New SC bench turns down Subrata Roy’s bail plea
Sahara Group’s plea to release its chief Subrata Roy and two directors without the payment of Rs 10,000 crore was on Monday turned down by the SC. Sahara's lawyers offered to sell its crown jewel overseas hotels.business Updated: May 20, 2014 02:09 IST
Sahara group’s plea to release its chief Subrata Roy and two directors without the payment of Rs 10,000 crore was on Monday turned down by the Supreme Court. The SC hinted at lifting embargo on operating Sahara’s bank accounts to sell assets and generate the amount to secure their release on bail.
A new bench comprising justice TS Thakur and justice AK Sikri also refused the plea to place Roy under house arrest in Lucknow till the amount was paid.
A “precise and specific” proposal with valuation reports of the properties the company intends to sell has to be submitted before the court that will hear the case next week.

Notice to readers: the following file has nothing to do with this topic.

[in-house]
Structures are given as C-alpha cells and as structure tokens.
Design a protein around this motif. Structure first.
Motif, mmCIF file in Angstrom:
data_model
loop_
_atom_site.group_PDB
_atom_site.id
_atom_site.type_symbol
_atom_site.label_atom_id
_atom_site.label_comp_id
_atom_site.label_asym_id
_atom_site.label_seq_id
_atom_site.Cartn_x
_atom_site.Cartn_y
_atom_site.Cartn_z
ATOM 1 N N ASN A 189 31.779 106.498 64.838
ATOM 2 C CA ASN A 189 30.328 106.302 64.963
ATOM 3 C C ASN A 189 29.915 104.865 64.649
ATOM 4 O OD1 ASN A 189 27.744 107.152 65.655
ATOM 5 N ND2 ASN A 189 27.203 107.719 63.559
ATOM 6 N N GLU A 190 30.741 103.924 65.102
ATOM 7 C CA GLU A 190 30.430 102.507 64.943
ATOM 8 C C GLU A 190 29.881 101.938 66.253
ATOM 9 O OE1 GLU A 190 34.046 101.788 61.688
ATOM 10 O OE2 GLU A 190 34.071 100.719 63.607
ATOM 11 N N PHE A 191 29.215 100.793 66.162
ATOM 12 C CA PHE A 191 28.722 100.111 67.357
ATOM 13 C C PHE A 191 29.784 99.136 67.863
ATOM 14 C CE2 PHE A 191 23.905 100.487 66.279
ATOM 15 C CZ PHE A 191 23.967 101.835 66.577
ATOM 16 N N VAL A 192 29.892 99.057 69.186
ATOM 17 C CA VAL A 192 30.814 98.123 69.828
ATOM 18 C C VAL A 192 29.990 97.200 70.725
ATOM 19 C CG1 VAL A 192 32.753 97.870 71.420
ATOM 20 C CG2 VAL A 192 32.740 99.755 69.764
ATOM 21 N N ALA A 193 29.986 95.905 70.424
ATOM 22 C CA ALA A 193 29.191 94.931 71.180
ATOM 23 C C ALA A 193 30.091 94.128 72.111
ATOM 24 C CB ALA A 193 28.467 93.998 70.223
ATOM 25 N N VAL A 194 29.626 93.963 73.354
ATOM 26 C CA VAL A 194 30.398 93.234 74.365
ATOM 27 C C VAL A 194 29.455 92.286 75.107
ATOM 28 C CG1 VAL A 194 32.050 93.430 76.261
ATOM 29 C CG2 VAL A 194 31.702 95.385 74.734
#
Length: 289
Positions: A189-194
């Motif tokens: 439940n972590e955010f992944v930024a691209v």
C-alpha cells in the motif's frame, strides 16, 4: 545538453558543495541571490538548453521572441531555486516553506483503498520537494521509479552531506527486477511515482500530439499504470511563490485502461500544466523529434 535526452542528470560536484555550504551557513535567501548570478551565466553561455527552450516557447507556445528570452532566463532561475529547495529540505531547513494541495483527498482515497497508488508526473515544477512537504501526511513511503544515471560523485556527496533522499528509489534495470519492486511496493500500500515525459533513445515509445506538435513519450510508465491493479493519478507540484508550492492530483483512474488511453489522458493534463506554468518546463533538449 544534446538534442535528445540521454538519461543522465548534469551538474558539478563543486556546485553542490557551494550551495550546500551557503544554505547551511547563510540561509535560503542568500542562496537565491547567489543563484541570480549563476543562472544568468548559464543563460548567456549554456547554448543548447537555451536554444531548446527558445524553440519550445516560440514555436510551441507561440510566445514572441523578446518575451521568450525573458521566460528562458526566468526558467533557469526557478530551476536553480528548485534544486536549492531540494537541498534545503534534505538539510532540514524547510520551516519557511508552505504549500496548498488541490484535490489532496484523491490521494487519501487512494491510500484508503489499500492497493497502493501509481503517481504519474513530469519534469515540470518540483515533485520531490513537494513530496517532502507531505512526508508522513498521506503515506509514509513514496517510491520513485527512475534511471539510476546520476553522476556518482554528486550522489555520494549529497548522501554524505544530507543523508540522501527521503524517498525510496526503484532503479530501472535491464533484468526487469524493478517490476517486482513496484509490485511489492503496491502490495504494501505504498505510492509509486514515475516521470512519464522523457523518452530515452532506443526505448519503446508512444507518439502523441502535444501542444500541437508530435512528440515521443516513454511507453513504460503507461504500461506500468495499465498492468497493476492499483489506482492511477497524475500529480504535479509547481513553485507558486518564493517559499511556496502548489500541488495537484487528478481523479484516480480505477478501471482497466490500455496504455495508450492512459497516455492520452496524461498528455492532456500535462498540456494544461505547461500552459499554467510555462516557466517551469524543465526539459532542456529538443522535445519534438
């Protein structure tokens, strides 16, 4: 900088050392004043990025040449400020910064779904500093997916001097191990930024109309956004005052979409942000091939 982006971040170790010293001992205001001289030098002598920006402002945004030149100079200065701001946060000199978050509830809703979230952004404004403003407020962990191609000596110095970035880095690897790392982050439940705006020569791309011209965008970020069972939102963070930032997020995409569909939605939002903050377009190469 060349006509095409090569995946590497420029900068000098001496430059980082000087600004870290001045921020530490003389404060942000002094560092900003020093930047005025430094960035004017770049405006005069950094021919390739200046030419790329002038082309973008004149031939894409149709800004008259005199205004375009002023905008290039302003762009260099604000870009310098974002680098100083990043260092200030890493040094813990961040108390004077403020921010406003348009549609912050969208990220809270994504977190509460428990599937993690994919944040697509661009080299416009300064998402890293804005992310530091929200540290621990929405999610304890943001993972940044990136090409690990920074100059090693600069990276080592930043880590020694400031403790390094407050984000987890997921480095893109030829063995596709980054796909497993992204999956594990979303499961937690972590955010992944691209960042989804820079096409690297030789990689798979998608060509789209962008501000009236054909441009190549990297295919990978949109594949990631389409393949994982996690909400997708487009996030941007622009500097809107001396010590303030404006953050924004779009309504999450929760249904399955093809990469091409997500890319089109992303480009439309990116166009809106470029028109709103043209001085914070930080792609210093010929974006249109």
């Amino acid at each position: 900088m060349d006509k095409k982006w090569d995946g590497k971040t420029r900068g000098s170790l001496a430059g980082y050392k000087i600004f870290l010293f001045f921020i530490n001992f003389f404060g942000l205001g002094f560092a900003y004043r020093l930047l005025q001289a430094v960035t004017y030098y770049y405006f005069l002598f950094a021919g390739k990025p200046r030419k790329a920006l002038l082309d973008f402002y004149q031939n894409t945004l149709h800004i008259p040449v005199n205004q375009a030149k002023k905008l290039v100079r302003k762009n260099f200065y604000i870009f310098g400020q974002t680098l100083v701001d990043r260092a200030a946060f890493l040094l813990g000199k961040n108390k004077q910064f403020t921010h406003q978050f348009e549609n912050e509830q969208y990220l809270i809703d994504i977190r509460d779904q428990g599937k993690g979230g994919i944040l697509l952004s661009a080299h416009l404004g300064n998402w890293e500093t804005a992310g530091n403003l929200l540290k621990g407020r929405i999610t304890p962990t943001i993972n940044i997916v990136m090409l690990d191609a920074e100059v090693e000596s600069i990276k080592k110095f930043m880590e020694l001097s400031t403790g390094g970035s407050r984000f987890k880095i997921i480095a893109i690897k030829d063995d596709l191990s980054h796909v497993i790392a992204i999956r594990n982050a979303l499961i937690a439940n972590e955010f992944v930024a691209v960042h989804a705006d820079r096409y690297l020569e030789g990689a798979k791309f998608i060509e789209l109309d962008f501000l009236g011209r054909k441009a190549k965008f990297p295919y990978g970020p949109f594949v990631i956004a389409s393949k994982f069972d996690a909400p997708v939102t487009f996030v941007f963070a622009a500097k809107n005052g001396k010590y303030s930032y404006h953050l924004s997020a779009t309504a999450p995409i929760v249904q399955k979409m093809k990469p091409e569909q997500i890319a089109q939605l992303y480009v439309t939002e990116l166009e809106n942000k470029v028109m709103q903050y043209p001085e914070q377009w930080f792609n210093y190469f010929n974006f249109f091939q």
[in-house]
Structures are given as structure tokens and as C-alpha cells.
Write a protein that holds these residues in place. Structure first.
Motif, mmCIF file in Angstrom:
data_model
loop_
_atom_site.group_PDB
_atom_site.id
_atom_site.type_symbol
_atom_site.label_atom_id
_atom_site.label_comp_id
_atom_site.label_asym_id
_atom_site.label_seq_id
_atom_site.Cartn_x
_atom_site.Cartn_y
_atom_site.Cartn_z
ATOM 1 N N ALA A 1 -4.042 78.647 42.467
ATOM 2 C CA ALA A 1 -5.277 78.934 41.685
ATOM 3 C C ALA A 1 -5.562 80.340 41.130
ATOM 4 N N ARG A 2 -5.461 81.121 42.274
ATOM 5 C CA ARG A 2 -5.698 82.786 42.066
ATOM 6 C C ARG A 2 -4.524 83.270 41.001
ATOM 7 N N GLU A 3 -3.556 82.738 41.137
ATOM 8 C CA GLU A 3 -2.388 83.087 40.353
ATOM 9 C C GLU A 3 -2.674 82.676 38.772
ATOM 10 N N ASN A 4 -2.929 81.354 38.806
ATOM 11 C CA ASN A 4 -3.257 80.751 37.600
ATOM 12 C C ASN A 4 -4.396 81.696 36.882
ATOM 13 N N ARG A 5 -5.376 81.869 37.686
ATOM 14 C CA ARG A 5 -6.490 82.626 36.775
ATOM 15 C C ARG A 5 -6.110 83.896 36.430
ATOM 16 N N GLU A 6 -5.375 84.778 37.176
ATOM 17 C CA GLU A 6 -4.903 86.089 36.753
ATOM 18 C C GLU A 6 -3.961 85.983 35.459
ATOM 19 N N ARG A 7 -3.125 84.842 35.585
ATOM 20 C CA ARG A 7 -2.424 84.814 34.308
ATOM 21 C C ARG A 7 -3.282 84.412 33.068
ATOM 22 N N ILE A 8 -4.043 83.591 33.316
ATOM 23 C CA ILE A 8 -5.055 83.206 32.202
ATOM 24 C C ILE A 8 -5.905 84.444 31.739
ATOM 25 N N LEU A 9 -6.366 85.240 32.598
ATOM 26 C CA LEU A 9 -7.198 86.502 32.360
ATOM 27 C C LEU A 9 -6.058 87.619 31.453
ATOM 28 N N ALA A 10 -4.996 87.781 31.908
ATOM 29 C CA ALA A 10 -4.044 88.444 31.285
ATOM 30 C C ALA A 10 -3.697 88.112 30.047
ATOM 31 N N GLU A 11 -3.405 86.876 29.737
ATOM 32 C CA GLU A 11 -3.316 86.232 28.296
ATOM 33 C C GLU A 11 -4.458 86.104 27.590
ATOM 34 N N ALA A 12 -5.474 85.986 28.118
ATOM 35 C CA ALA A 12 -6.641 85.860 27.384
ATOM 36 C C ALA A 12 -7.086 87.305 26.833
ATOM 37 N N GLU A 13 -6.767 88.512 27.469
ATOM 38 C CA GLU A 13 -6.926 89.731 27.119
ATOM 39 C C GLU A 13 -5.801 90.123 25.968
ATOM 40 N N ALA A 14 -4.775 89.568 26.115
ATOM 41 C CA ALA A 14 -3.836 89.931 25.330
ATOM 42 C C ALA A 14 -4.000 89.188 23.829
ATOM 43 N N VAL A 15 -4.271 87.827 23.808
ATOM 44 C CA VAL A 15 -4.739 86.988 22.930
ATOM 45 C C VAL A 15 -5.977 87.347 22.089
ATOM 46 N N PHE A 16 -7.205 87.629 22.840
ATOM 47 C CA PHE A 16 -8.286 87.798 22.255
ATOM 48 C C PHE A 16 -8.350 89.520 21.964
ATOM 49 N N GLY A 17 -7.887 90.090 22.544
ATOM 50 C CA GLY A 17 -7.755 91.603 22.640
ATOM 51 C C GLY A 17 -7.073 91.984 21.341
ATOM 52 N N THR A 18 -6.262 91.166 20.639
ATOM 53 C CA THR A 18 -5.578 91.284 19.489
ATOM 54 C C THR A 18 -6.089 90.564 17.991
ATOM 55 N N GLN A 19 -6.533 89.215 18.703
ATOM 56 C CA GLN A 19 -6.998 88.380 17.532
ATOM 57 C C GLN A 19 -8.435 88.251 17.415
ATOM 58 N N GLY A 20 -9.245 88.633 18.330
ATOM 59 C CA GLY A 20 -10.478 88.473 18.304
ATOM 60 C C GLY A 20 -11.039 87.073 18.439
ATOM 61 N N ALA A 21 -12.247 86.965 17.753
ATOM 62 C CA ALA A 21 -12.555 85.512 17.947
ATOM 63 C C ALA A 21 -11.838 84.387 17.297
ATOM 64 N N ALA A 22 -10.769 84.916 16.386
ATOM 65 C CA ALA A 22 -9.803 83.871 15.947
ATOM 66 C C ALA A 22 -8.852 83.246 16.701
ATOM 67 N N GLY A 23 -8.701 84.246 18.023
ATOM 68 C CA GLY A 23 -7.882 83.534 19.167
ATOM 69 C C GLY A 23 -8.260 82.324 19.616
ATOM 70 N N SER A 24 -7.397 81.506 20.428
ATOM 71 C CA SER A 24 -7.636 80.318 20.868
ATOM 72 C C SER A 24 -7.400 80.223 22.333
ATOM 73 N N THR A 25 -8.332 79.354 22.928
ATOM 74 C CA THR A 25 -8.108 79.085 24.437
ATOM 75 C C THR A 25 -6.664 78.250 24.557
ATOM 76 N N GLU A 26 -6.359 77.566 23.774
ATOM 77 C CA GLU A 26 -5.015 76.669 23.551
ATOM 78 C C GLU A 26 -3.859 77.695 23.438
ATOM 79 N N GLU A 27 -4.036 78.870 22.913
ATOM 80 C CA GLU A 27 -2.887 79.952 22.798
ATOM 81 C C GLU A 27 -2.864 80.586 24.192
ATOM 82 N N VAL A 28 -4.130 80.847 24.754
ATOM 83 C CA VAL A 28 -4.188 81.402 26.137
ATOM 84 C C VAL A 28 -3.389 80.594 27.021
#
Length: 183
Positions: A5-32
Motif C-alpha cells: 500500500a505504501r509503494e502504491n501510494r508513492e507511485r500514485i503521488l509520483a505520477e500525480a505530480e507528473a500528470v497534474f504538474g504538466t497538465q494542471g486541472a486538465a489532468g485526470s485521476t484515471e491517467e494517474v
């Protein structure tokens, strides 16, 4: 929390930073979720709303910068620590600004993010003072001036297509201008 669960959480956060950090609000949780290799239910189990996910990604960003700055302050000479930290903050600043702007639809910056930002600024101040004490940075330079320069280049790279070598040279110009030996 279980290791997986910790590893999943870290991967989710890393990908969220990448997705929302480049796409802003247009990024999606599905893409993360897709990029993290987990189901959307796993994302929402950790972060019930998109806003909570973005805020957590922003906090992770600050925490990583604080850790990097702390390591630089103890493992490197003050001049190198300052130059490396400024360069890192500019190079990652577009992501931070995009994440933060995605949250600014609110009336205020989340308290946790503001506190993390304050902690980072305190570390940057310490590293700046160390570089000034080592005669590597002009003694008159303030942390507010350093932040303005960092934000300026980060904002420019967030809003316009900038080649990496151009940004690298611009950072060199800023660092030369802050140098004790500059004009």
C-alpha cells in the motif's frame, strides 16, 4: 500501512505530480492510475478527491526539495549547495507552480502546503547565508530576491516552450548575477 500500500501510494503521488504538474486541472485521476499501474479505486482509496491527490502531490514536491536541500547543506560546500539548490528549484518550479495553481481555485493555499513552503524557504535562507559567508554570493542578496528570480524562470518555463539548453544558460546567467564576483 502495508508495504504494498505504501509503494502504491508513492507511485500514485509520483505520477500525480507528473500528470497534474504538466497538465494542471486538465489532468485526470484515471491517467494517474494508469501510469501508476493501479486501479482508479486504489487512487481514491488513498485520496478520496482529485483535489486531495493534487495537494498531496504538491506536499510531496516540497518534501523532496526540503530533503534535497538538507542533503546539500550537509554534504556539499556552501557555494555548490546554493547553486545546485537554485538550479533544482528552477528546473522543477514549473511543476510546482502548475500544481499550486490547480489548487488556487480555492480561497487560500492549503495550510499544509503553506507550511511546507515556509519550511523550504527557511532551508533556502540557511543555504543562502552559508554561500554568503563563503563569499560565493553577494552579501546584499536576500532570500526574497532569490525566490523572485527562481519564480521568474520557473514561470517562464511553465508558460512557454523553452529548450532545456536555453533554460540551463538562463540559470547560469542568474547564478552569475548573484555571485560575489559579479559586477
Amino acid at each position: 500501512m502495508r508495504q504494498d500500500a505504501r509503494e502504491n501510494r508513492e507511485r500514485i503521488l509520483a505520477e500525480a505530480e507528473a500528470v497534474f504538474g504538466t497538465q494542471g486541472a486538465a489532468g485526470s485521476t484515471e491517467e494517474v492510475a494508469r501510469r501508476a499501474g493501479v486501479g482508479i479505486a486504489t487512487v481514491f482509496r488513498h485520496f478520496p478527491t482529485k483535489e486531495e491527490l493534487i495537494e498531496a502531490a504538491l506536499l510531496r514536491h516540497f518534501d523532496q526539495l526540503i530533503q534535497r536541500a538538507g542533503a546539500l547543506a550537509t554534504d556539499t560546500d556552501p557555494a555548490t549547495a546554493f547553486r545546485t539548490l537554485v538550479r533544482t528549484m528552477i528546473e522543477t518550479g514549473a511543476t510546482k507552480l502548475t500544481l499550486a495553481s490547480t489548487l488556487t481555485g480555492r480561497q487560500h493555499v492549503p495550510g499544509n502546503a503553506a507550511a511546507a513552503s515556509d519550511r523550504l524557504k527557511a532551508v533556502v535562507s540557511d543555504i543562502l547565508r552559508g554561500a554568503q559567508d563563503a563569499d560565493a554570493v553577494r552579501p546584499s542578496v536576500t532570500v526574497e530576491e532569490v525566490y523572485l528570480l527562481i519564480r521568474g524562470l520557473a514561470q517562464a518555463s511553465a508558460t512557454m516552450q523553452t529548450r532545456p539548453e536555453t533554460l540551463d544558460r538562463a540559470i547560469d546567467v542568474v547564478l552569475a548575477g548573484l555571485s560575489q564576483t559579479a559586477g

The 65-year-old Sahara boss has been in jail since March 4 for failing to refund over Rs 20,000 crore to its 3 crore investors.
The company and market regulator SEBI have been locked in litigation with Sahara disputing the amount and stating it has already paid its investors.
During the hearing before a new bench the company counsel, AM Singhvi, argued the company will pay Rs 2,600 crore lying in its banks within a week of court lifting its orders freezing the accounts.
The bench referred to the earlier order by the original bench saying: “What business you (Sahara) have? How did you generate Rs 20,000 crore overnight...You must have deposited the money in a bank or the money was stacked somewhere... Was it somewhere in locker or in gunny bags,” the bench said.
Sahara offers to sell overseas hotels
Sahara Group on Monday offered to sell its crown jewel overseas hotels in its latest bid to have its chief released from jail.
Sahara's lawyers told the court that the group was willing to sell the three hotels it owns in London and New York to raise funds, but sought Roy's release to facilitate any possible deal.
"Please release my client,"Abhishek Manu Singhvi, a lawyer representing Sahara in the case, told a two-judge panel.
"We have three valuable hotels in London and New York. We wanted to sell these three hotels to repay the investors' money."
Singhvi also said Sahara was ready to sell part of its large Aamby Valley township project in western India.
(with inputs from Reuters)